26. Profile photo of brive1987
    January 30, 2013 at 5:43 am —

    Can you please explain the nature of this moral quandary that we have to “to think a lot about.”

    A paedophile rapist profits from our money and the post states that the organizers have not done all they could do to stop it. Even if they had the pragmatic outcome remains foul.
    What exactly is there to think about? We have already acknowledged it is “horrifying” and that he is at least partially free due to DragonCon’s passive support.

    He raped children. We pay for his defence. There have been calls before to boycott TAM/Dawkins for reasons that are both important, but also more nuanced than this.

    • Profile photo of delphi_ote
      January 31, 2013 at 11:45 am —

      To attack the target with a boycott, we would be harming a lot more innocent people. All the people who depend on DragonCon for a living would be hurt. The community that attends the event would be harmed. The growing influence of the skeptics community at the conference would be hurt. There are serious consequences to a boycott.

      This isn’t straightforward. By having a conversation about it, maybe we can find a better path.

  27. Profile photo of rjblaskiewicz
    January 30, 2013 at 7:05 am —

    “Then, take into account all of the contracts the convention has (hotels, vendors, and anything else I can’t think of or know about) that reach years into the future. How will those be affected? What legal and financial ramifications would the convention face?”

    This, I’m sure, is the biggest obstacle to a speedy and clean break with this guy.

  28. Profile photo of d506
    January 30, 2013 at 8:42 am —

    Lots of people own stock. If ‘I don’t want my money going indirectly to a child molester’ gives us an ethical obligation to boycott, should we not be looking up every rapist’s, child molester’s, murderer’s, etc. ‘s stock portfolio and boycotting any companies they hold shares of? Why is this a special case that requires a boycott? I’ve no doubt a lot of rich rapists make a hell of a lot more than 150k/year off their stock dividends, but we never even consider it let alone expect other corporations to go nearly as far as D*C has gone to stop that.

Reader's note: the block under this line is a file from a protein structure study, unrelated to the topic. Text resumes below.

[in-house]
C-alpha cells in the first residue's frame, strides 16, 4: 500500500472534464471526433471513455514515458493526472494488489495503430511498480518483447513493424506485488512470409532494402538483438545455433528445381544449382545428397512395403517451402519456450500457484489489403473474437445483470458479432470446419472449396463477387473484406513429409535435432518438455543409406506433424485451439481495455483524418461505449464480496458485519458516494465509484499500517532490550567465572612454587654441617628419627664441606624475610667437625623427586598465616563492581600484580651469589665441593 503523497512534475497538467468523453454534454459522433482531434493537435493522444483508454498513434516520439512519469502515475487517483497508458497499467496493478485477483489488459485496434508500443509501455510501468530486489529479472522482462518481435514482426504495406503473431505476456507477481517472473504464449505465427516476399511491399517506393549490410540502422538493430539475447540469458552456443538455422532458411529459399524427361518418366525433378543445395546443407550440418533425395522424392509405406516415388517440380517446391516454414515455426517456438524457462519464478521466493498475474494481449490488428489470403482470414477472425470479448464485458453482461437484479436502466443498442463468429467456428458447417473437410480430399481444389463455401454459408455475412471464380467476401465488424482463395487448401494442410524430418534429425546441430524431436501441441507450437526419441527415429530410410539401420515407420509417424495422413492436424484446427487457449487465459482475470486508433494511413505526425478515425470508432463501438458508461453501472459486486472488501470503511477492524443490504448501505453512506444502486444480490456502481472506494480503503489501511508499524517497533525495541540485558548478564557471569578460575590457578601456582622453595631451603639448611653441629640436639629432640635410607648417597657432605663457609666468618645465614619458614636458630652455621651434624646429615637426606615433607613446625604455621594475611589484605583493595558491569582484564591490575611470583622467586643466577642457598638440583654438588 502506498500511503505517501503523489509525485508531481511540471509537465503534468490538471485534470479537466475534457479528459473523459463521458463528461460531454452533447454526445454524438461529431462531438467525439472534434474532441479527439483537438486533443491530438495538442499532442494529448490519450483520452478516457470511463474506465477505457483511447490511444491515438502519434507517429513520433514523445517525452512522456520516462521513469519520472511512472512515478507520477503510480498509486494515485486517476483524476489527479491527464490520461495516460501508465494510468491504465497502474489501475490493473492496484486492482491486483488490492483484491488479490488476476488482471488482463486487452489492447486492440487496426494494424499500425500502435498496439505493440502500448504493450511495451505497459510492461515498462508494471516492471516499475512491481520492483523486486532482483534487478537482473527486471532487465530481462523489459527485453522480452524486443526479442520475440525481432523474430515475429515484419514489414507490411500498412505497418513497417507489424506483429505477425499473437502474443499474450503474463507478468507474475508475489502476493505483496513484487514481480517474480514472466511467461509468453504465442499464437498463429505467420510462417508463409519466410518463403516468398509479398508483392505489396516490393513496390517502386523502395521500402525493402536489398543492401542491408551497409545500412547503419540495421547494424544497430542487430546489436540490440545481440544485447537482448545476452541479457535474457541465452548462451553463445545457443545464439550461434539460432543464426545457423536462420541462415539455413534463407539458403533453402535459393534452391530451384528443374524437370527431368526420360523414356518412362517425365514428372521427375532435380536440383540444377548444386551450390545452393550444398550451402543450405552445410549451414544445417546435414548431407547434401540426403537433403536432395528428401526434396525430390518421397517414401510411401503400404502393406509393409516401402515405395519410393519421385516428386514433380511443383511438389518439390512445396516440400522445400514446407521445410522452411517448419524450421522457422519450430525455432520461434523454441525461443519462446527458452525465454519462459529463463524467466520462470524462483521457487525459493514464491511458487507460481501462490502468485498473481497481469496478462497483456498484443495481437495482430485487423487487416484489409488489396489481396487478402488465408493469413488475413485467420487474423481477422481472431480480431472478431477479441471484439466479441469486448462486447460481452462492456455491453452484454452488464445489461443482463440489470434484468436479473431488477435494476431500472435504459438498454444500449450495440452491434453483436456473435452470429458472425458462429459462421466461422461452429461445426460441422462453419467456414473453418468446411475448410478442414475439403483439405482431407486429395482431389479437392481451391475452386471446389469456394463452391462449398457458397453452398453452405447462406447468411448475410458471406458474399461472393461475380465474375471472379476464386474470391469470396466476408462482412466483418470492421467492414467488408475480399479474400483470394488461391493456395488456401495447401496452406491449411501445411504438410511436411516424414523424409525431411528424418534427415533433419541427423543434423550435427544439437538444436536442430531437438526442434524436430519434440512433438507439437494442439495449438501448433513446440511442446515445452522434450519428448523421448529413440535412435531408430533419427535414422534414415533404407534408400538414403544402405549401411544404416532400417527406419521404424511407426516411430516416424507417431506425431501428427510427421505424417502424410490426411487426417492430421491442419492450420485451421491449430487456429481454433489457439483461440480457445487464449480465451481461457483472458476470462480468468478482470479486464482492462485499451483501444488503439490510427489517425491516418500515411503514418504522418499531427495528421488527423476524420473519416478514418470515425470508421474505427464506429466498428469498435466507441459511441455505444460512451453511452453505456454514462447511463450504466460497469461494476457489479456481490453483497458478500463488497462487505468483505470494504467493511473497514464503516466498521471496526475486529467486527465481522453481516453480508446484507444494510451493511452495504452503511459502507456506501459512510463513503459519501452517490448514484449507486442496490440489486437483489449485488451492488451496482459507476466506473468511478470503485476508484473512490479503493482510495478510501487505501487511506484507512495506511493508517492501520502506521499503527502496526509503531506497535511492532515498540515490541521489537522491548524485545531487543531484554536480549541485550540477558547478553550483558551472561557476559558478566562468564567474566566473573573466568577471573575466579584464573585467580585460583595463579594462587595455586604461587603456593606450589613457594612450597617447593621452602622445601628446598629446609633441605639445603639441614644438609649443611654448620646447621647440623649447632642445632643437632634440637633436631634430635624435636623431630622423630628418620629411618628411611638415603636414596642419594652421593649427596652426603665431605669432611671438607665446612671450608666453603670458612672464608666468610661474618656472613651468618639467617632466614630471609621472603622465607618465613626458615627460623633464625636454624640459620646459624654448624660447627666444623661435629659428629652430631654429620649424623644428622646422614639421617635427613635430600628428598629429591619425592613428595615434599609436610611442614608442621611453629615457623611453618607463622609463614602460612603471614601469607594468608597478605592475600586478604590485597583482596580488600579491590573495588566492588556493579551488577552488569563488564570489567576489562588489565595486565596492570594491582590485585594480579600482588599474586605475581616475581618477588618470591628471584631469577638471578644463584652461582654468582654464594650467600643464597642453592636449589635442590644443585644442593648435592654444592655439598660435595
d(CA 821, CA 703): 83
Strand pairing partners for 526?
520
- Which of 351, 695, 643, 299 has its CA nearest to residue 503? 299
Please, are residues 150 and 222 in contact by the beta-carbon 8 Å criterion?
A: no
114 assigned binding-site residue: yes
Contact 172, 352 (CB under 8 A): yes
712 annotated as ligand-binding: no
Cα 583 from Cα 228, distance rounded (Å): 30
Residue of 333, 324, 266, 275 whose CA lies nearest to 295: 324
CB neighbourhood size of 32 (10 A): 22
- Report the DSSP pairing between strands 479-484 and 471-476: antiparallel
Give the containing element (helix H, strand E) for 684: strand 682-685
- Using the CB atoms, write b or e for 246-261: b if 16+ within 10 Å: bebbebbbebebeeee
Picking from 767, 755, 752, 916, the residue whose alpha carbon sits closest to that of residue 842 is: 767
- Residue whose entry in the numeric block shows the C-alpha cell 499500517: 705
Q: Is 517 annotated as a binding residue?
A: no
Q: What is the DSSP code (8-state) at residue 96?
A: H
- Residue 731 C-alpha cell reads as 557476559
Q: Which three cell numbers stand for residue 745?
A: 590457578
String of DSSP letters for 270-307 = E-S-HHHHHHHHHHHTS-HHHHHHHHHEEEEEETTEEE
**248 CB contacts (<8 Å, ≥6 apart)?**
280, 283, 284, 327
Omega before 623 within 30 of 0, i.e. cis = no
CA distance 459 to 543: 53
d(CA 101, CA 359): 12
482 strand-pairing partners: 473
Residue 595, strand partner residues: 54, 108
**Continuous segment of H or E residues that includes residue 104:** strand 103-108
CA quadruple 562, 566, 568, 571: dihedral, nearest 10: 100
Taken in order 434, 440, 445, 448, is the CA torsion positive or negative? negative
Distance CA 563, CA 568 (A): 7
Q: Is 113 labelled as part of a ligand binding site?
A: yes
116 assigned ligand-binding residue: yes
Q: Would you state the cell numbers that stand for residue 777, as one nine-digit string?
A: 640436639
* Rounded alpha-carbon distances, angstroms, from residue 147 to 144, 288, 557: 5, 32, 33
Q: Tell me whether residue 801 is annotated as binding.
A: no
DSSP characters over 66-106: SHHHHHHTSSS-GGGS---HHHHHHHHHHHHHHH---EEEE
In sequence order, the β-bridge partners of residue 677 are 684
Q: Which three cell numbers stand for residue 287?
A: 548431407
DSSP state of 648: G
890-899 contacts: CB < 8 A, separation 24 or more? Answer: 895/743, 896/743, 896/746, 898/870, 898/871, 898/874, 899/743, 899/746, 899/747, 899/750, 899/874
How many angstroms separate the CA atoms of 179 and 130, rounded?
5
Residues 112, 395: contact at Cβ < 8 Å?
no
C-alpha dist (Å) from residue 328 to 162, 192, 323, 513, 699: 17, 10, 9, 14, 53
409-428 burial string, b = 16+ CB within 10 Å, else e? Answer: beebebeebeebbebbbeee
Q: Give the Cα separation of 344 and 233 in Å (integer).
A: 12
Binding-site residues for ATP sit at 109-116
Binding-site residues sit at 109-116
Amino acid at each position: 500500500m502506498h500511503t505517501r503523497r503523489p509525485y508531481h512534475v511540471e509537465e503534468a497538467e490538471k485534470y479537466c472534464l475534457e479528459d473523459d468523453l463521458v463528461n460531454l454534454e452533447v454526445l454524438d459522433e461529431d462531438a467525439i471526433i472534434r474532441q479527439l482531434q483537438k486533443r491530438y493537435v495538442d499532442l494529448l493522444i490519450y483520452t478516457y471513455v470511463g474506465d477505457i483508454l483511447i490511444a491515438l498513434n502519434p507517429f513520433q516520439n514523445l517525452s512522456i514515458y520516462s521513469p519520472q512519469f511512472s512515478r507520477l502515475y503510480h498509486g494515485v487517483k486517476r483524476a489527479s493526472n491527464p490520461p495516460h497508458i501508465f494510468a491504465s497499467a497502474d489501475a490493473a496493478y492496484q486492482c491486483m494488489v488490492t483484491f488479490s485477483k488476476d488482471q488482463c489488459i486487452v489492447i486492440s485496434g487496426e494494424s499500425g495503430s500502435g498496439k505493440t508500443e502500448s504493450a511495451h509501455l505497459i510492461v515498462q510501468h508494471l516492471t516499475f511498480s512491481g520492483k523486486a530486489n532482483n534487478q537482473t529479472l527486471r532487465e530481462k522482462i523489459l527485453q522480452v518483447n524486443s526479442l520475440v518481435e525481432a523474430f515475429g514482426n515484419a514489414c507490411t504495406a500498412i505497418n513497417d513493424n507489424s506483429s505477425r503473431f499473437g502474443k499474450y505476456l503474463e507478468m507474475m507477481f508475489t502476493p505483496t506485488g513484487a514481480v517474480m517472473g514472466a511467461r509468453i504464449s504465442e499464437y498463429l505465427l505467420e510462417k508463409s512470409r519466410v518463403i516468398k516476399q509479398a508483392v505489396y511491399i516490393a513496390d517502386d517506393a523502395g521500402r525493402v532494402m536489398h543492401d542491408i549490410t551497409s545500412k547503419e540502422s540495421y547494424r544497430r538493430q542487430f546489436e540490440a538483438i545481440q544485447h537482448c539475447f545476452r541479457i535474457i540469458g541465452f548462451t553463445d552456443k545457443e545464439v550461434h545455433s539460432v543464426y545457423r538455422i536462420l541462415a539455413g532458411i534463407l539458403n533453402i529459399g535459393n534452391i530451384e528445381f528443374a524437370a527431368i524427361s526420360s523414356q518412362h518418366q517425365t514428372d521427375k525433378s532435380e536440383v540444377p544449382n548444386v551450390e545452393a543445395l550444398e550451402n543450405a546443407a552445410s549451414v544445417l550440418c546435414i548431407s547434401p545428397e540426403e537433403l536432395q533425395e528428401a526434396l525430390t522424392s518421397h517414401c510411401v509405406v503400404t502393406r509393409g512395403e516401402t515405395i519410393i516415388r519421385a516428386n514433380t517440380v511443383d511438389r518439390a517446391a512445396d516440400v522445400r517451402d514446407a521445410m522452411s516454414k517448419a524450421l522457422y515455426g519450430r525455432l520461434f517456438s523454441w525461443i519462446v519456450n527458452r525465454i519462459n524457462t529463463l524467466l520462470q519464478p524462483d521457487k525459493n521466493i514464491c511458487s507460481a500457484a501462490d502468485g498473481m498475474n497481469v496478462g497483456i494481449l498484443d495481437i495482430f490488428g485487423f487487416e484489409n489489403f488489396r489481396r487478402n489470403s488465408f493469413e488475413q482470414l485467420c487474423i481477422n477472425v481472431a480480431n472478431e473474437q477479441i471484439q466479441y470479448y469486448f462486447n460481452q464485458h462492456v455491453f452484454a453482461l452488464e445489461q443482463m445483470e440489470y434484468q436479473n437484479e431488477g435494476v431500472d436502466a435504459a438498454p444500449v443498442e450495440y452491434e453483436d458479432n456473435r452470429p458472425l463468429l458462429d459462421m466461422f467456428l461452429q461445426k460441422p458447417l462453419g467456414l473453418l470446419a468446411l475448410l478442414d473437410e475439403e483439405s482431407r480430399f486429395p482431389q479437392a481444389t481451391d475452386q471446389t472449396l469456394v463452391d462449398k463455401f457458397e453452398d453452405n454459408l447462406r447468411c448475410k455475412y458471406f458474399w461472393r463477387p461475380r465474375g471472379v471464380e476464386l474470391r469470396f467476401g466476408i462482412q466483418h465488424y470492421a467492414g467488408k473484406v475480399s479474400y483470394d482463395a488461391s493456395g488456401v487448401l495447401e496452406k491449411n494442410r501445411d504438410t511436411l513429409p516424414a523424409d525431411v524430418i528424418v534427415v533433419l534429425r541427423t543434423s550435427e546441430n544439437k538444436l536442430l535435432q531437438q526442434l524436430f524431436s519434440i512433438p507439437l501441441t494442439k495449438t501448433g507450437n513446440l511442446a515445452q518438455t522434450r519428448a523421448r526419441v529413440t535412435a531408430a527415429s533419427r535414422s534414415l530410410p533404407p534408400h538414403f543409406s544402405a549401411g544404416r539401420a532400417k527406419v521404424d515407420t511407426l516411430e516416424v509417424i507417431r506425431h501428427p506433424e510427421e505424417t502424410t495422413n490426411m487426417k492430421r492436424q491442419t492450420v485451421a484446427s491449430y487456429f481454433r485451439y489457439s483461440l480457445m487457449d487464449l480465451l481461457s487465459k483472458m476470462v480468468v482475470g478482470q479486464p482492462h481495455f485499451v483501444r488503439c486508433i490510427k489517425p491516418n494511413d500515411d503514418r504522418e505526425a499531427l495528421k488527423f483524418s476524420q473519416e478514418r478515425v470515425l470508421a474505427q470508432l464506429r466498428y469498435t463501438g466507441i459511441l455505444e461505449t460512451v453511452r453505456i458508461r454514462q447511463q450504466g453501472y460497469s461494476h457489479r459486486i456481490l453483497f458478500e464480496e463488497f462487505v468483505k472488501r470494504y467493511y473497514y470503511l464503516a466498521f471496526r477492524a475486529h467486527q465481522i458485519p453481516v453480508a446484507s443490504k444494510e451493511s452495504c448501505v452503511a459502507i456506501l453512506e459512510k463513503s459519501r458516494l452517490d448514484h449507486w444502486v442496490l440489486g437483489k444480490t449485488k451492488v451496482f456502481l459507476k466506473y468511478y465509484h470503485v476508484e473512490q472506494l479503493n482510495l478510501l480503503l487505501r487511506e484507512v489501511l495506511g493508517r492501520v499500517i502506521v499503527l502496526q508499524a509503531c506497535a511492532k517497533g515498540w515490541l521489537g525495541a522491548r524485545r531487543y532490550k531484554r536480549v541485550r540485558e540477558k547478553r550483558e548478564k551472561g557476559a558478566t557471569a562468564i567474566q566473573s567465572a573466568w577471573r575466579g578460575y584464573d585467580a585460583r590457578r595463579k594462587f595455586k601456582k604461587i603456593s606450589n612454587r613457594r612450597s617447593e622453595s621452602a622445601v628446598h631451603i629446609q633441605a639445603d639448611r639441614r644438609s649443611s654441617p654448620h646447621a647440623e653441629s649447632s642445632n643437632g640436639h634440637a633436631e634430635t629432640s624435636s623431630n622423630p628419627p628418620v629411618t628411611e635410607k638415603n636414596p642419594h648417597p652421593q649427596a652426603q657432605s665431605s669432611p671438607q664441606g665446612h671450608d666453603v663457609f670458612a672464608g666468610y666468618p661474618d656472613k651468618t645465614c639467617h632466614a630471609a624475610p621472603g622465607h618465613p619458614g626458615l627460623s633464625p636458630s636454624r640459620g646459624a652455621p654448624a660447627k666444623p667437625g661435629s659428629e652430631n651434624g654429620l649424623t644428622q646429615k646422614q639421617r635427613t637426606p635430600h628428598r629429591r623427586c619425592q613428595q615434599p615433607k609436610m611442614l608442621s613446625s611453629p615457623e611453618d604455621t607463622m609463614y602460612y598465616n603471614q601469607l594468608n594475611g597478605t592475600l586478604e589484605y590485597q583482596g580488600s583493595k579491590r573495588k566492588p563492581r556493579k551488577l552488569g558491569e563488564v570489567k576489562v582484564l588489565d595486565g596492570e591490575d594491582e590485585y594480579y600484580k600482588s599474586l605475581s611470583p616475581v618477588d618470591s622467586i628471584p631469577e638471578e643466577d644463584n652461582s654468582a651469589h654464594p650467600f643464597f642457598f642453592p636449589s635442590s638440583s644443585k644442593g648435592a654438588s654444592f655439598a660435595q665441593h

29. Profile photo of Cleon
    January 30, 2013 at 8:53 am —

    Between the contracts with the venues and Kramer’s tendency to file lawsuits, the reality is that if D*C tried to fold and reform, it would more than likely simply destroy the convention. I don’t want to pay that price just to see this sleezoid cut off.

  30. Profile photo of Skepticality
    January 31, 2013 at 8:57 am —

    Oh, ya, and…he DOES not have anything to do with Dragon*Con… at all. The money part is a legal requirement, he has zero influence on how things are run, and has no say in anything at the convention in any way.

    So, yes, he has less than zero to do with the convention.

    • Profile photo of delphi_ote
      January 31, 2013 at 11:40 am —

      Except that he profits tremendously from the convention. And he’s using that money for his legal defense. You can’t pretend like there’s not an ethical concern there. Maybe it doesn’t rise to the level of boycott, but it’s certainly something we should able to discuss without your incessant vituperation.

  31. Profile photo of boomzilla
    January 31, 2013 at 9:00 am —

    Volkswagen and Hugo Boss.

  32. Profile photo of marilove
    January 31, 2013 at 5:20 pm —

    WE ARE NOT A COURT OF LAW. THIS IS NOT A COURT ROOM. Additionally, the evidence is quite ?strong. There isn’t much question about his guilt, but even so – we are not a court of law.?
    Additionally, as a woman who was raped, and whose rapist was never arrested let alone convicted: The ?court of law SHOULD NOT be the end-all-be-all of our ability to discuss these sorts of things.

    You do realize that the LARGE MAJORITY of rapists are never even arrested, right? So should we just stop talking about rape?

    • Profile photo of bismarket
      February 1, 2013 at 2:00 am —